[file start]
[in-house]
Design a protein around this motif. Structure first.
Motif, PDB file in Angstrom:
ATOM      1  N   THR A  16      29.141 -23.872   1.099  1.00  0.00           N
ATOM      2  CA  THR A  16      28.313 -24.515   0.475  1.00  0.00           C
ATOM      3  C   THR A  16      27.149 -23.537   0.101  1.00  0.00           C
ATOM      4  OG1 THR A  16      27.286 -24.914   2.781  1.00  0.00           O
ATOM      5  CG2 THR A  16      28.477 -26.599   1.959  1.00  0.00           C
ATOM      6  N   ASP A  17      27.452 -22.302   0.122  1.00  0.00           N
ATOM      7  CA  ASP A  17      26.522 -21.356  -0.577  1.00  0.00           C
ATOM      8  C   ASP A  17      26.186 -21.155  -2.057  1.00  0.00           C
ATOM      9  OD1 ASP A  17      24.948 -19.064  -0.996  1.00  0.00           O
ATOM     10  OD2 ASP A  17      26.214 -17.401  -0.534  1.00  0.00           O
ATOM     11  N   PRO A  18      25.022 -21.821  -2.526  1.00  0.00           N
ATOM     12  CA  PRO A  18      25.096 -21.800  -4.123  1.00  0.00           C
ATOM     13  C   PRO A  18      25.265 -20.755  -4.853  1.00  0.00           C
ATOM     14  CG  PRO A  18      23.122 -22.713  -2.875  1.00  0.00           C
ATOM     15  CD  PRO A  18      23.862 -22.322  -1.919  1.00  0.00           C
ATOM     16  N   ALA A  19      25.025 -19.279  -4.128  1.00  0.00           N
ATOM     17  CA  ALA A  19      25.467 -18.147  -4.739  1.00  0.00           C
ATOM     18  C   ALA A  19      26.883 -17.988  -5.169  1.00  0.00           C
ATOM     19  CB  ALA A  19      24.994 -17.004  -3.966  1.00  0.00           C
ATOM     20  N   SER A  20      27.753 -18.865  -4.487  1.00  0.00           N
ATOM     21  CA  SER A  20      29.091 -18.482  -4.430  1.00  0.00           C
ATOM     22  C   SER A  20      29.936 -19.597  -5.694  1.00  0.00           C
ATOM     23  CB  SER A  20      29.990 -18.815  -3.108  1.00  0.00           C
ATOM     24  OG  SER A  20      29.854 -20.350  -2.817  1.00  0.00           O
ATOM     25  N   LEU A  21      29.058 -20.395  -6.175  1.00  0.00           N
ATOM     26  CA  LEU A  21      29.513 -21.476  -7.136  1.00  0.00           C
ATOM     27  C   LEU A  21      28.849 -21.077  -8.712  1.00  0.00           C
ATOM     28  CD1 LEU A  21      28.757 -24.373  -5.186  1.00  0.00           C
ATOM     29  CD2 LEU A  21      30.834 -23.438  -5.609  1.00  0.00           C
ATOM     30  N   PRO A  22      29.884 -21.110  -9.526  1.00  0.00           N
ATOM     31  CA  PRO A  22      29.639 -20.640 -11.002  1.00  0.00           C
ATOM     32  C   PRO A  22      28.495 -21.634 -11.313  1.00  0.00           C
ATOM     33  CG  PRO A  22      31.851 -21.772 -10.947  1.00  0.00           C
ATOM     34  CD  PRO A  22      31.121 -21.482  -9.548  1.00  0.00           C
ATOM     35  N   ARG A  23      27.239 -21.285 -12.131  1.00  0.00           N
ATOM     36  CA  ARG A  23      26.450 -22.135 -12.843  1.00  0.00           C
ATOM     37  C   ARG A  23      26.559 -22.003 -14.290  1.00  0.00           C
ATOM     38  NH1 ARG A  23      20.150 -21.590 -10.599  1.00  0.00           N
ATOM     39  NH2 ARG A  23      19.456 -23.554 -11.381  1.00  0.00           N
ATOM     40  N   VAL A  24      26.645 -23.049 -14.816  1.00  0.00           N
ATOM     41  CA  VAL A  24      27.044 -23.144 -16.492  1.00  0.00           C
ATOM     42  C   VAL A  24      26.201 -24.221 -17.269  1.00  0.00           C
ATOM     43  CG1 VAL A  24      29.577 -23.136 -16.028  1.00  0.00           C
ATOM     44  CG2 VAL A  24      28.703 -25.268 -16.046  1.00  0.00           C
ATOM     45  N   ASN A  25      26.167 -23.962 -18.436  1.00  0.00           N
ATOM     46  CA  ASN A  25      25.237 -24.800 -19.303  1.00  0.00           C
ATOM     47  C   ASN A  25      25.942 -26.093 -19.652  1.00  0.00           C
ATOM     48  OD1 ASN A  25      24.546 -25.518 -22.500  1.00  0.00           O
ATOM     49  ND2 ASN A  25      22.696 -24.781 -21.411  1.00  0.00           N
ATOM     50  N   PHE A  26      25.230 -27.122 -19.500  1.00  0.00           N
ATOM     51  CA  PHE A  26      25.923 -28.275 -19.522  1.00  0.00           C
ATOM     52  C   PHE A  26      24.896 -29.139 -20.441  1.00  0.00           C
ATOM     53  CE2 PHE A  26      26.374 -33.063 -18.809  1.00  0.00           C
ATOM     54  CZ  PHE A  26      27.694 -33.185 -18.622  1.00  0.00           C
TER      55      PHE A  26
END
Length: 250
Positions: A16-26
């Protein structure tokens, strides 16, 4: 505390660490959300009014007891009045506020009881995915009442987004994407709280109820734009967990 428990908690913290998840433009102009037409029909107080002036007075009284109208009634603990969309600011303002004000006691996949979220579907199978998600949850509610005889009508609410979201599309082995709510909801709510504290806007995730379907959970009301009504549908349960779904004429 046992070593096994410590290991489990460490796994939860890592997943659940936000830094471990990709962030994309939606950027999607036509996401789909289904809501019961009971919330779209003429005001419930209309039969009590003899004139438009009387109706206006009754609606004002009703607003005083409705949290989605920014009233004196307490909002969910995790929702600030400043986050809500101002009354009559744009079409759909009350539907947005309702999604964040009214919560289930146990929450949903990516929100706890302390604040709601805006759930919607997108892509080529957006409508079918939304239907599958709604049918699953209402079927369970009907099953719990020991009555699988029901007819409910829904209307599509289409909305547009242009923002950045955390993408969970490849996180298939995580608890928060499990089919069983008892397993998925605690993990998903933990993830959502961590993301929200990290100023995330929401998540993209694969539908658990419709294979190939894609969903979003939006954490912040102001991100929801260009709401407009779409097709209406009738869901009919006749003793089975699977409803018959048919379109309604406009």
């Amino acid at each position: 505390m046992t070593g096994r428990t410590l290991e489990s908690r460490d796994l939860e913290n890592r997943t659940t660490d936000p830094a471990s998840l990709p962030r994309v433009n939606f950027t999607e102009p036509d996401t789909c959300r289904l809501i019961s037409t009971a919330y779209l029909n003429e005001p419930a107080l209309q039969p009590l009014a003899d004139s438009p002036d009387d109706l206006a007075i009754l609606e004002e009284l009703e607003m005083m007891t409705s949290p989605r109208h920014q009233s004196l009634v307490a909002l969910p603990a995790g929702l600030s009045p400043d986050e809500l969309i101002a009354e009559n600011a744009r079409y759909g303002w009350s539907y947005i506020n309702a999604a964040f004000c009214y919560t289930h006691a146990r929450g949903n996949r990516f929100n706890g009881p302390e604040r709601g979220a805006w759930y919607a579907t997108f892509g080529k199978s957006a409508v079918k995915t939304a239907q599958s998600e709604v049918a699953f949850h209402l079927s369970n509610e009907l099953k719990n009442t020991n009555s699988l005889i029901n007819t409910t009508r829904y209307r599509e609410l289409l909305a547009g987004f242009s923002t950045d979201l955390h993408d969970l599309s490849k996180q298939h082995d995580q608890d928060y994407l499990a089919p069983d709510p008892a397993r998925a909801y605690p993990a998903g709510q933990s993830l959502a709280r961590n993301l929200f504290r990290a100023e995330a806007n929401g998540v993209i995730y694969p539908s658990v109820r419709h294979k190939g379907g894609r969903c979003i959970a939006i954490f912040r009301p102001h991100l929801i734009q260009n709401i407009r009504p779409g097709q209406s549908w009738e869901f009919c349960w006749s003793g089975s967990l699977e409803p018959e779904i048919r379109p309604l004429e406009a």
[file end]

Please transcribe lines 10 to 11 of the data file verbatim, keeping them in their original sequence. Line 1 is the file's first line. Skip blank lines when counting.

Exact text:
ATOM      7  CA  ASP A  17      26.522 -21.356  -0.577  1.00  0.00           C
ATOM      8  C   ASP A  17      26.186 -21.155  -2.057  1.00  0.00           C